Special Topic: Vapor Delivery

Many precursors are liquid at room temperature and even at convenient elevated temperatures. If the vapor pressure is less than the chamber operating pressure, we cannot deliver the vapor to the chamber using conventional gas handling. Something else is needed...

Option 1: Double, double, toil and trouble...

A common solution to this problem is to use a bubbler to deliver the vapor. A bubbler is a sealed container containing the liquid whose vapor is to be delivered, with (at least) two tubes inserted. One tube penetrates below the level of the liquid and delivers a (typically inert) carrier gas. The other tube extracts a carrier/vapor mixture from the "headspace" above the liquid. Bubblers are simple to construct and operate (and thus inexpensive), and are very precise and reliable when properly used.


Bubblers depend on the formation of small bubbles of carrier gas in the liquid, in which the vapor quickly attains its equilibrium vapor pressure as the bubbles float to the liquid surface. A "sparger" (a cap with multiple small perforations) is sometimes added to the end of the dip tube to ensure formation of small bubbles and rapid equilibration. It should be apparent that the operation of the bubbler is dependent on the liquid level. In bubblers made of quartz or glass simple visual observation suffices to establish the liquid level, but in bubblers made of stainless steel (often used for safety) a level sensor is helpful. The level sensor is often simply a quartz tube with an angle-cut end. When the tube is immersed in a liquid with refractive index close to that of the quartz, little light is reflected from the tube end. Once the liquid falls below the end of the tube, light is reflected from the exposed end. A simple light and photosensor at the external end of the level sense tube thus enables automated monitoring of the level, sometimes used to control automated refilling of the bubbler.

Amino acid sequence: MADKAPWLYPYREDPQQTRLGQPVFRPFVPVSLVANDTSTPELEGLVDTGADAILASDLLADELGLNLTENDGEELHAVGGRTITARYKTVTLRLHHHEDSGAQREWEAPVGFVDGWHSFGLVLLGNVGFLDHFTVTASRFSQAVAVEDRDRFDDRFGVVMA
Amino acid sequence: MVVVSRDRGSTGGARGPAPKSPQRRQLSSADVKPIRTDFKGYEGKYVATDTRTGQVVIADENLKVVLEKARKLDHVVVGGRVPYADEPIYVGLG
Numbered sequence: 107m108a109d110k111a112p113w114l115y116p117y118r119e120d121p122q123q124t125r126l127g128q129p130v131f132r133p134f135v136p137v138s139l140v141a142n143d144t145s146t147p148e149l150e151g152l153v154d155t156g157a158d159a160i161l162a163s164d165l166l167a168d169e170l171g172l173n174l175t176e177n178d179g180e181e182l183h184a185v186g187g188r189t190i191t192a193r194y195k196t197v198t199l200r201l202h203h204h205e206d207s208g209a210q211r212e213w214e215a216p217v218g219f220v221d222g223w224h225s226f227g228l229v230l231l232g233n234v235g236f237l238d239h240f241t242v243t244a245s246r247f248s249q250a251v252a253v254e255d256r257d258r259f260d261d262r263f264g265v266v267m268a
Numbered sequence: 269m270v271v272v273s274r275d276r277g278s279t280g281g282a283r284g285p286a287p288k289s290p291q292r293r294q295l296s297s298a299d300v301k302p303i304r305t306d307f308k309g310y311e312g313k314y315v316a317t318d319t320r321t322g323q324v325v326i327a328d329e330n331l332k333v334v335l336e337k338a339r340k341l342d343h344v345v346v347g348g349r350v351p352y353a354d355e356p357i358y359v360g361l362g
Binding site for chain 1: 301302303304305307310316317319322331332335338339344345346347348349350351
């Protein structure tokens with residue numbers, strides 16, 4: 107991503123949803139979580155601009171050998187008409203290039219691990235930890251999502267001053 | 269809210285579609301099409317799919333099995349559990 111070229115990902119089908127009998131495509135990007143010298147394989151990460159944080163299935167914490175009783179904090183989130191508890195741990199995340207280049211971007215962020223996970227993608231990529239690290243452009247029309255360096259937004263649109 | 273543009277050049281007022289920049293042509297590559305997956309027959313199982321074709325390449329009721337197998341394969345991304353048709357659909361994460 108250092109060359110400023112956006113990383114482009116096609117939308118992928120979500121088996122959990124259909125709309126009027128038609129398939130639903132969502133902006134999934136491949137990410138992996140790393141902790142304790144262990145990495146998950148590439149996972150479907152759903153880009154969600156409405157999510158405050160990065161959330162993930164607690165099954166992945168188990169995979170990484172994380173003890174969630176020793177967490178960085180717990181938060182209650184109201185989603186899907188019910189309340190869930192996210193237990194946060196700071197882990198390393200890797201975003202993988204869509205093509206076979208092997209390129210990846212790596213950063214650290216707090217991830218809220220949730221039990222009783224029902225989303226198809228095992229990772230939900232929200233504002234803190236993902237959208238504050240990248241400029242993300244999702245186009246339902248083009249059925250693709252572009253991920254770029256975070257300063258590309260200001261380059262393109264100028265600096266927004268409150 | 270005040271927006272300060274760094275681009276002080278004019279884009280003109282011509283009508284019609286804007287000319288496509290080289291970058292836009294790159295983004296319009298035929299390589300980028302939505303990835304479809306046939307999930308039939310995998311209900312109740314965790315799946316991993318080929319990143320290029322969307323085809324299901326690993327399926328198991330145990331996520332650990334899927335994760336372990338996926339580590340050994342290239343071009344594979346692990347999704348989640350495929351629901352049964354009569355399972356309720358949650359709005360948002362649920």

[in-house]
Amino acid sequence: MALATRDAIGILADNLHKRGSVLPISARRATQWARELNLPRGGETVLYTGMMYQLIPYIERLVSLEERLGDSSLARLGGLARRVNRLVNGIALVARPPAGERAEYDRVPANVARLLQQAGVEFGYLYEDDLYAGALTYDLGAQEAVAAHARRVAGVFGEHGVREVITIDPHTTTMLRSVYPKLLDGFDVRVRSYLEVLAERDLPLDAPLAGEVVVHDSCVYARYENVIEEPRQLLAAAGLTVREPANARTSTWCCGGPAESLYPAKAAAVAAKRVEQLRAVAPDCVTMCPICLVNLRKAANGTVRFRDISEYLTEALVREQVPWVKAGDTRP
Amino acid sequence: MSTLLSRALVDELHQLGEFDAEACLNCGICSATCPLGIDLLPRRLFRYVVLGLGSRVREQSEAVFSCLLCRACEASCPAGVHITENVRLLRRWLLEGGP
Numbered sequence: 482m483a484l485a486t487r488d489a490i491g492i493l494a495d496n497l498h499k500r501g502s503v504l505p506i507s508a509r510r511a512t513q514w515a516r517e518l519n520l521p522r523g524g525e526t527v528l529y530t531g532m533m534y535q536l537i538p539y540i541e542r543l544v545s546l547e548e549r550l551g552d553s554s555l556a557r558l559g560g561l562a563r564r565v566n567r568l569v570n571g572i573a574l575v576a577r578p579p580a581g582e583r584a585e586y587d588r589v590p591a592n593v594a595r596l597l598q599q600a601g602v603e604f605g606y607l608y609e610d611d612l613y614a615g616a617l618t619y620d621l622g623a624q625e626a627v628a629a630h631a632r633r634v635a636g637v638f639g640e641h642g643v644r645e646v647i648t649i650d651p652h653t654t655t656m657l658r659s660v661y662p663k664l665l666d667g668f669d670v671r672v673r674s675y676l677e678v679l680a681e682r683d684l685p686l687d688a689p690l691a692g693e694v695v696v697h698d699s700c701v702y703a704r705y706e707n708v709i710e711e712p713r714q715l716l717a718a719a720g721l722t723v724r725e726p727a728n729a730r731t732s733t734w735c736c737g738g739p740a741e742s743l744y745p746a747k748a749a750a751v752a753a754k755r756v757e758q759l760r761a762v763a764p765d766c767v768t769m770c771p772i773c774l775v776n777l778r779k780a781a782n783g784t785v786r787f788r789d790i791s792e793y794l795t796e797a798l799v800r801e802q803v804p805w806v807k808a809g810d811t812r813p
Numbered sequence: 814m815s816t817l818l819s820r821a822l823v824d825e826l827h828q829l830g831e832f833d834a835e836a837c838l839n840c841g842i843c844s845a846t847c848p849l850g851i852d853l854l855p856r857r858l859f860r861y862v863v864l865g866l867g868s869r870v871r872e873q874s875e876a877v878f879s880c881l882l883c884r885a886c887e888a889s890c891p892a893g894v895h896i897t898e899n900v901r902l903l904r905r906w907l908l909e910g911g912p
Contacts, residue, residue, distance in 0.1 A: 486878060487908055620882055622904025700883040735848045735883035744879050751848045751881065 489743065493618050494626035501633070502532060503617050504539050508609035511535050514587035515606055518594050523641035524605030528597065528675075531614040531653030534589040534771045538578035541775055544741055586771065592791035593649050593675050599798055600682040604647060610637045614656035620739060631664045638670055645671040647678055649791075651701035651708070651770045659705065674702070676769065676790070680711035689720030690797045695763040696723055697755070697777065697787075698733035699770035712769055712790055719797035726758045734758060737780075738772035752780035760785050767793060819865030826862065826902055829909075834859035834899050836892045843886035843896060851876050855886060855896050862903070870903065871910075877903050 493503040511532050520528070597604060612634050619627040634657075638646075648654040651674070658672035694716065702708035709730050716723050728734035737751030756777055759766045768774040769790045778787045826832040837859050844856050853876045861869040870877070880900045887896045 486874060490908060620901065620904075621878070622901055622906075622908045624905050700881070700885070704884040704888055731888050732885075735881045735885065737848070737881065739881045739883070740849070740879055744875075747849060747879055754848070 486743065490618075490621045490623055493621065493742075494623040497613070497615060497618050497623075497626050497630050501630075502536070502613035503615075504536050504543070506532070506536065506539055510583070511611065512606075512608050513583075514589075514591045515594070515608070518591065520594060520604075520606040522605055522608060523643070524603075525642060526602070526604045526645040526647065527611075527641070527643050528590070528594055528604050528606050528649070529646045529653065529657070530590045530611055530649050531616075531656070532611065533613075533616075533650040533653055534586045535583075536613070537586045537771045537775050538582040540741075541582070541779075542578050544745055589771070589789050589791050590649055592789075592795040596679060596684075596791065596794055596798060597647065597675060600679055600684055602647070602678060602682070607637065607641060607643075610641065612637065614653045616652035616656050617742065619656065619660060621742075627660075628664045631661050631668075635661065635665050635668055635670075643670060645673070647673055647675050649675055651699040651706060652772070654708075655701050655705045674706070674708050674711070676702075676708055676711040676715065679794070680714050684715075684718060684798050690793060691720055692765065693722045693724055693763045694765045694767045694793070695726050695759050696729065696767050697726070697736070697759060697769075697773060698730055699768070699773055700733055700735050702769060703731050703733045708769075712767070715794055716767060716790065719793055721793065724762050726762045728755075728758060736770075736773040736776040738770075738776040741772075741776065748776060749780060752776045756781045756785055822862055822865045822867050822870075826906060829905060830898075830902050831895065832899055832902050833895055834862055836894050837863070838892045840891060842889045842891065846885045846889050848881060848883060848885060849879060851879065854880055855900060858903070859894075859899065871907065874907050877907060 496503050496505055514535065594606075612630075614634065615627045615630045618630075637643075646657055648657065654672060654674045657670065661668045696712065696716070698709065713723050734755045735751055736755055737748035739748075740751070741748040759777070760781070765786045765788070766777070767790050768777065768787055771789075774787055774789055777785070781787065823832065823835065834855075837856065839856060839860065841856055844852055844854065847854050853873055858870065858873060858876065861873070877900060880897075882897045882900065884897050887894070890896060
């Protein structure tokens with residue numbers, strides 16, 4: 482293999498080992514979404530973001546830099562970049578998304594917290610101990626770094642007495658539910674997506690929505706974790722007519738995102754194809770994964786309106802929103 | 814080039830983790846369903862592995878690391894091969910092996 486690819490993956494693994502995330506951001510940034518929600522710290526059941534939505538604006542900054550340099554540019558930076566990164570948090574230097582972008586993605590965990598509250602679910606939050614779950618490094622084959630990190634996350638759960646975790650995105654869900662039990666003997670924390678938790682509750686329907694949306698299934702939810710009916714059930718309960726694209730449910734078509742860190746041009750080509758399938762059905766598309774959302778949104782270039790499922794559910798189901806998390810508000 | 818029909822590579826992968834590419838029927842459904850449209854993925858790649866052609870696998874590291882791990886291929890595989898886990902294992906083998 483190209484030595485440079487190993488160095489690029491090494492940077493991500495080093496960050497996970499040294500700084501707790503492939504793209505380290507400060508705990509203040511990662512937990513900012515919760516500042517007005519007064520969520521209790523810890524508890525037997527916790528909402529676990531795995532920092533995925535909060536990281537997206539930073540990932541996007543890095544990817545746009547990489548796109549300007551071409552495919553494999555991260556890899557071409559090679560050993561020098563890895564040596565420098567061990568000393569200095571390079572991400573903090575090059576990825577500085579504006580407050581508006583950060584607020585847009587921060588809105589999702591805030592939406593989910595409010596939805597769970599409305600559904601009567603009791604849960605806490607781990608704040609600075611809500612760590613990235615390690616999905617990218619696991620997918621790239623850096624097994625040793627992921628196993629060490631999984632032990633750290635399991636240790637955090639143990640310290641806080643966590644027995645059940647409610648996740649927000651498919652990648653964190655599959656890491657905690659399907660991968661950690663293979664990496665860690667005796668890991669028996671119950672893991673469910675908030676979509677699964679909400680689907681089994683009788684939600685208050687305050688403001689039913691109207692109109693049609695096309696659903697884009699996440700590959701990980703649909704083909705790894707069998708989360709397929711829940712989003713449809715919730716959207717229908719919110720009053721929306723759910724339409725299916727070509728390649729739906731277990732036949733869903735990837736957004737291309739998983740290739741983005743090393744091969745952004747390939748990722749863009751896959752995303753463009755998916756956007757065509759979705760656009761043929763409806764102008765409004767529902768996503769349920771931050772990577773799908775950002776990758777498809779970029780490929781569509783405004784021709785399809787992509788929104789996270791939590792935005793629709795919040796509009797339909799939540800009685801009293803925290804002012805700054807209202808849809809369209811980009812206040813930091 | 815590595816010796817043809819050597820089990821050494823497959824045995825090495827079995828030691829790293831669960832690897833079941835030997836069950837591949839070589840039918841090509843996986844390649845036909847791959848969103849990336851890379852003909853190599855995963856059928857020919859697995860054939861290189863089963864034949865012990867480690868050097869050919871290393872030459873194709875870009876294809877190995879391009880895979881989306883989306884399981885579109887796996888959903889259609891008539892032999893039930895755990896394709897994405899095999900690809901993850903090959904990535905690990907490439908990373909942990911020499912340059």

The amount of vapor delivered is determined by the vapor pressure and thus the temperature of the liquid. Temperature control is indispensable for accurate vapor delivery even when the nominal liquid temperature is set at room temperature.

...carrier flow and precursor bubble!

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